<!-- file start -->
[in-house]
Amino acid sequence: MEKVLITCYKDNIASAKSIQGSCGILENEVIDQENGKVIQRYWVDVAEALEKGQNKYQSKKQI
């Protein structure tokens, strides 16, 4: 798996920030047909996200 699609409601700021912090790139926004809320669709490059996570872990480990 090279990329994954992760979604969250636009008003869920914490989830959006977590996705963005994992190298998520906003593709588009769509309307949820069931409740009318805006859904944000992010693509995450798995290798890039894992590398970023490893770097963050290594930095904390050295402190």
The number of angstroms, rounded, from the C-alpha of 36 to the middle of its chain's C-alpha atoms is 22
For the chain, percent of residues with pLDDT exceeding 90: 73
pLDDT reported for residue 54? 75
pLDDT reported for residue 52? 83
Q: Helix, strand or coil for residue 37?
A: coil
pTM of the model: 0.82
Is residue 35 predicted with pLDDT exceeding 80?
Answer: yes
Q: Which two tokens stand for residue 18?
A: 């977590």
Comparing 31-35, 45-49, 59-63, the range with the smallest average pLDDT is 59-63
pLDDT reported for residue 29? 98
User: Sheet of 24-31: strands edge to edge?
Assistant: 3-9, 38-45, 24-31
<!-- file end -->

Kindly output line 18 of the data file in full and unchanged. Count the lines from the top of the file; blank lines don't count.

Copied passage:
Assistant: 3-9, 38-45, 24-31